UK media is reporting on the awarding of what was described as a” meaningless” academic qualification to a Hong King businessman tied to Chinese authorities. According to the Guardian report the incident was the latest to raise concerns about Chinese influence on higher education in the UK:
An Oxford academic handed out a “meaningless” university qualification to a Hong Kong businessman with ties to the Chinese authorities at a high-profile ceremony in Shanghai last year, in the latest incident to raise concerns about Chinese influence on UK higher education. Alan Hudson awarded the title “Belt and Road Academician from Oxford University” to Chan King Wai, who is a member of an advisory body to China’s rubber-stamp parliament, at a ceremony attended by an official from the British consulate and dozens of other people. The belt and road initiative is a major foreign and economic policy project which has been at the heart of China’s increasingly assertive international presence under its president, Xi Jinping. Oxford University only gives a handful of honorary degrees at the Encaenia ceremony each year. Hudson, who has now retired from his position at Oxford, confirmed he had created the title given to Chan, and that it did not carry any official weight. “I looked up the meaning of ‘academician’ and it is absolutely meaningless, it means anybody involved with the university, of any description. So I said there you go, we can put that on the certificate. In recognition of his contributions to the programme.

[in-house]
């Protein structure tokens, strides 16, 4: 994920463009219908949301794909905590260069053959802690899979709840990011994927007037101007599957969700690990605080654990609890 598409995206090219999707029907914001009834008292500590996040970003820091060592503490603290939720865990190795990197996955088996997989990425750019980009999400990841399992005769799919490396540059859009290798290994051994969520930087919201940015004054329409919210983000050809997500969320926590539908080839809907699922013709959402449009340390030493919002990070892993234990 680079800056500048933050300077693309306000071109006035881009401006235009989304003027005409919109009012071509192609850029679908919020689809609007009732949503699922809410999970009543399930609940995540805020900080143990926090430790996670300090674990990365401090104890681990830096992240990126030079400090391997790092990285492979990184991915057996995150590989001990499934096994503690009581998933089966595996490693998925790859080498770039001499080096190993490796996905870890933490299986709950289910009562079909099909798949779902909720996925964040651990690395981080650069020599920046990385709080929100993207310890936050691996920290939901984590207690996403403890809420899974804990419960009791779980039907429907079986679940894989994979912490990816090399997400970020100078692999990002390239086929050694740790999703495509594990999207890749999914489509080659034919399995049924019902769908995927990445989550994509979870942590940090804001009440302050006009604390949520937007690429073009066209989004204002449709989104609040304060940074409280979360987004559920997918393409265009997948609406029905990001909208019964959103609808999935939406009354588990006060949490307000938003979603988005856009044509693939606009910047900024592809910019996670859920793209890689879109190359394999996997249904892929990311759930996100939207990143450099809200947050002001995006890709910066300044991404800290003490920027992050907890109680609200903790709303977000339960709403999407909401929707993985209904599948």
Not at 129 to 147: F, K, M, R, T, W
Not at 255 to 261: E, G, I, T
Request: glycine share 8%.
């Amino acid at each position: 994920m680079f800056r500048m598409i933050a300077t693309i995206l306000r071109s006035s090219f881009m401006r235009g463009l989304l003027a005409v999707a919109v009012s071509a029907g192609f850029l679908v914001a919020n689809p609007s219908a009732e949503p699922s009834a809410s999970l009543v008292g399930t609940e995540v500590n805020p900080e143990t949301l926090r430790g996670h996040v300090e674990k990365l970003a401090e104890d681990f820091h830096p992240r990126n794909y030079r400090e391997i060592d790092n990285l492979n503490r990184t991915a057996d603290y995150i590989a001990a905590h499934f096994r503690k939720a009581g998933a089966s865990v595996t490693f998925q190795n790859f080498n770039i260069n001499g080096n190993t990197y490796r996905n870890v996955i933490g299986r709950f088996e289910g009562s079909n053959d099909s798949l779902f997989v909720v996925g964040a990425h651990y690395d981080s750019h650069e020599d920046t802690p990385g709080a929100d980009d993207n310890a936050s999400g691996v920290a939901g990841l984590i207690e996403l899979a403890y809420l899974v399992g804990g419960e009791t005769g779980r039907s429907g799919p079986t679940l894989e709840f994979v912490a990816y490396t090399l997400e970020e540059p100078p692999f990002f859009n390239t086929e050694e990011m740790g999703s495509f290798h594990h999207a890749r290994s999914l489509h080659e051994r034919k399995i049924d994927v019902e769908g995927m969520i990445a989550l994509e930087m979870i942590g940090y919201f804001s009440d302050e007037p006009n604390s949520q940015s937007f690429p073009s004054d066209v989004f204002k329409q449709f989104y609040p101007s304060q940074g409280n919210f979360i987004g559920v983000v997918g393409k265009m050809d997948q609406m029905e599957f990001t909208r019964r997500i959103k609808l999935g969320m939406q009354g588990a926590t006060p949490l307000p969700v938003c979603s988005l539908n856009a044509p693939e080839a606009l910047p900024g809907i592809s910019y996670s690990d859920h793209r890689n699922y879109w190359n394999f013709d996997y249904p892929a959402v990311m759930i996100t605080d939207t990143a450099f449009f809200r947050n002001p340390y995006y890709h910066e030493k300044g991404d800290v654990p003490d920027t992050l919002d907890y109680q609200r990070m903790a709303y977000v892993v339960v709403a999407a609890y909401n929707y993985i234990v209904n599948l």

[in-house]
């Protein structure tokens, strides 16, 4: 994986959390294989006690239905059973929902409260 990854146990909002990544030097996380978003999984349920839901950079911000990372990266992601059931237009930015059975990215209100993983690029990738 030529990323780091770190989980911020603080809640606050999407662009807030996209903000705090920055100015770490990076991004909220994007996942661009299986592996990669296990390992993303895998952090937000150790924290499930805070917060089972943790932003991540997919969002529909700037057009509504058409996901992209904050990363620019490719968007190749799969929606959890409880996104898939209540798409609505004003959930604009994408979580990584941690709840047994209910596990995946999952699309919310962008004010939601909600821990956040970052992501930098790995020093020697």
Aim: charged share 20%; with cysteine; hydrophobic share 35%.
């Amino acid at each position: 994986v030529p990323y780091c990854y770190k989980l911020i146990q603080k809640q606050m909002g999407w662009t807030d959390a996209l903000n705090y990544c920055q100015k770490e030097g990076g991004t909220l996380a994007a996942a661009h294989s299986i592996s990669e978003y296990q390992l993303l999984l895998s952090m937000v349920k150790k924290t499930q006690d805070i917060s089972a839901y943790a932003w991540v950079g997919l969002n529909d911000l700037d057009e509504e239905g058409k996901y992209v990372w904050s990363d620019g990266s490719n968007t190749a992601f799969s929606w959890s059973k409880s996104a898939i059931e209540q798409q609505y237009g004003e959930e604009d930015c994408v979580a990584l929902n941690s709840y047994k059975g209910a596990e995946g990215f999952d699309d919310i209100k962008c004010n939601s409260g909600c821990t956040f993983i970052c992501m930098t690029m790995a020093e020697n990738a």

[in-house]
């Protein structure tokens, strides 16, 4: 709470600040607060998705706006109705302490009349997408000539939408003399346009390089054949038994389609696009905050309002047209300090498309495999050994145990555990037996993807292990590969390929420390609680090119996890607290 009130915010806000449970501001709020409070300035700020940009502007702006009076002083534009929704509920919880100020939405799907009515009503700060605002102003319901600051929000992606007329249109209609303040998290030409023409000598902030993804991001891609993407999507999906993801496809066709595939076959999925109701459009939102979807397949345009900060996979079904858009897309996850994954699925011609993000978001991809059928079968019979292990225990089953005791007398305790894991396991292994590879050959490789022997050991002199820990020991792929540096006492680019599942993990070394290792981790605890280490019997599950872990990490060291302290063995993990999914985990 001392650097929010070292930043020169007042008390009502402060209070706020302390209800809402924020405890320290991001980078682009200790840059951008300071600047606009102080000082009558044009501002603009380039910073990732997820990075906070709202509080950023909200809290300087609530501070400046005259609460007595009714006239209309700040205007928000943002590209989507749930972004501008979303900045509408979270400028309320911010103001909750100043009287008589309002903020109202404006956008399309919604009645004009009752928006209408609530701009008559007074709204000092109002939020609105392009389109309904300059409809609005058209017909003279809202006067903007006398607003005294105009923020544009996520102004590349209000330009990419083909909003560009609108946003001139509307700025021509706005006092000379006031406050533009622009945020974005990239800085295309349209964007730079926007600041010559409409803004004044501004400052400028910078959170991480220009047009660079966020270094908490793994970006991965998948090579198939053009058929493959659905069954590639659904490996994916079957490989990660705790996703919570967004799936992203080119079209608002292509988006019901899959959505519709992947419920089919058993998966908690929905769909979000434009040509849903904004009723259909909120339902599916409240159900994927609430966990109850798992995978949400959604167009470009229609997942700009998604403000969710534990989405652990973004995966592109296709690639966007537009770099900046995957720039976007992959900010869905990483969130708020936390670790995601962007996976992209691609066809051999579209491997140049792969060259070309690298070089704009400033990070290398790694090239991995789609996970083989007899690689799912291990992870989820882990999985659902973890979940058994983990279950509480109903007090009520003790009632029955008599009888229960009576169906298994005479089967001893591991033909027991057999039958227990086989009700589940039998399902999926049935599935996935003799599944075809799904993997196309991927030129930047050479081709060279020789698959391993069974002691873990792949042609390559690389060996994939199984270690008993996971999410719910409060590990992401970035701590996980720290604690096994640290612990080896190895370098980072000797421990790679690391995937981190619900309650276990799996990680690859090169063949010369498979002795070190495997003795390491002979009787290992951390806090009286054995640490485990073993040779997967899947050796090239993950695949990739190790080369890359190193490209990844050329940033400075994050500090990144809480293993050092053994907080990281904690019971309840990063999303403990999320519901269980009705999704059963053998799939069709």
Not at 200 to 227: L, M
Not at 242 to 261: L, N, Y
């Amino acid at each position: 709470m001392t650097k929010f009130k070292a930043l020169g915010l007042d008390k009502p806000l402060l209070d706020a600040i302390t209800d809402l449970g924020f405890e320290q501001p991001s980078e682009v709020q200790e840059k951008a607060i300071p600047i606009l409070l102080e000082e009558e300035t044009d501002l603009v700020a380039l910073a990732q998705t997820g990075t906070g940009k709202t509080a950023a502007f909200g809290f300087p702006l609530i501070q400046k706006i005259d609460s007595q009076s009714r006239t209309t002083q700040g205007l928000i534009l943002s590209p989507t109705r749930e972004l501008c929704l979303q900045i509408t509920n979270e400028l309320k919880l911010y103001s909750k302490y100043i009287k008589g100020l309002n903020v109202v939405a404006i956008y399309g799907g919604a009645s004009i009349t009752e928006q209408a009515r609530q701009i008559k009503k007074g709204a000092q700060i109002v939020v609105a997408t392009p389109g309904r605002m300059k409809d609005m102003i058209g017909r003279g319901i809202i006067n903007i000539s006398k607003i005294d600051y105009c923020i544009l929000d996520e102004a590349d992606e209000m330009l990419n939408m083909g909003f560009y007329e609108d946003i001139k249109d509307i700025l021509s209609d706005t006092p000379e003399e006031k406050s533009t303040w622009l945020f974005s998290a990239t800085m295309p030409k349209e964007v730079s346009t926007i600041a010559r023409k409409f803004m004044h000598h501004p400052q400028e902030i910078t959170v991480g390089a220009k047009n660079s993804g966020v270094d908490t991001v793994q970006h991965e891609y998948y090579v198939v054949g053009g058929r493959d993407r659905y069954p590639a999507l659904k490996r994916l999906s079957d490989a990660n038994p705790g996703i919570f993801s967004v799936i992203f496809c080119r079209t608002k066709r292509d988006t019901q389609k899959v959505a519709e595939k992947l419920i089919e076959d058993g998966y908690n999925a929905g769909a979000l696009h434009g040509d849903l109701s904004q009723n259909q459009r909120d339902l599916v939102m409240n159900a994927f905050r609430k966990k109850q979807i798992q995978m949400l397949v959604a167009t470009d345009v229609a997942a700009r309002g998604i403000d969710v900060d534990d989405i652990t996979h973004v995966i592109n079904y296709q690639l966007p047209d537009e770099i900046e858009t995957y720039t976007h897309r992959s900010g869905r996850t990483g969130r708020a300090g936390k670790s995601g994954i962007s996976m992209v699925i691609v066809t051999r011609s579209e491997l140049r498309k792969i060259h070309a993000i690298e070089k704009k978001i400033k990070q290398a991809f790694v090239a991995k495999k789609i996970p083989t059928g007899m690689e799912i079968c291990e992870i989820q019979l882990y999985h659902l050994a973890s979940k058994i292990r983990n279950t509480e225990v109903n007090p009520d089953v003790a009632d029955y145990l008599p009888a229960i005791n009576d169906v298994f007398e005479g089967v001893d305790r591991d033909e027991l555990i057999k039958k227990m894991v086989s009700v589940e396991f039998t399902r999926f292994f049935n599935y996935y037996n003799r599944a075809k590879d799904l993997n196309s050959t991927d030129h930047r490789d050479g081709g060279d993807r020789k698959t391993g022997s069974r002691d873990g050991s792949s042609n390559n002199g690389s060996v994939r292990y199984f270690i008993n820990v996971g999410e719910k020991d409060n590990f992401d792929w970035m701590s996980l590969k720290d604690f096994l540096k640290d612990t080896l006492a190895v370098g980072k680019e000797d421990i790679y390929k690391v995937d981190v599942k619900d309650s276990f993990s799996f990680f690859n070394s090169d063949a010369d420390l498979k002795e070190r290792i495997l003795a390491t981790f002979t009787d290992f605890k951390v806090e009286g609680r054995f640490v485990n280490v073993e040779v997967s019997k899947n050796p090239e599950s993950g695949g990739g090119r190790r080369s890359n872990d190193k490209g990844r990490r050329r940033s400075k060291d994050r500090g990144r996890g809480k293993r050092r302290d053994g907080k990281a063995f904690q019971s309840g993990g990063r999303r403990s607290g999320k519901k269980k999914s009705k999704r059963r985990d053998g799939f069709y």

The GIOR reported earlier on the US designation of the Chinese Confucian Institutes as Foreign Missions.
Confucian Institutes are public educational partnerships between colleges and universities in China and colleges and universities in other countries. In 2019, Inside Higher Ed described Confucian Institutes as follows:
The Confucius Institutes have long been controversial. The centers vary somewhat across different campuses, but they typically offer some combination of Mandarin language classes, cultural programming and outreach to K‑12 schools and the community more broadly. They are staffed in part with visiting teachers from China and funded by the Chinese government, with matching resources provided by the host institution. The number of U.S. universities hosting the institutes increased rapidly after the first was established at the University of Maryland College Park in 2004, growing to more than 90 at the peak.
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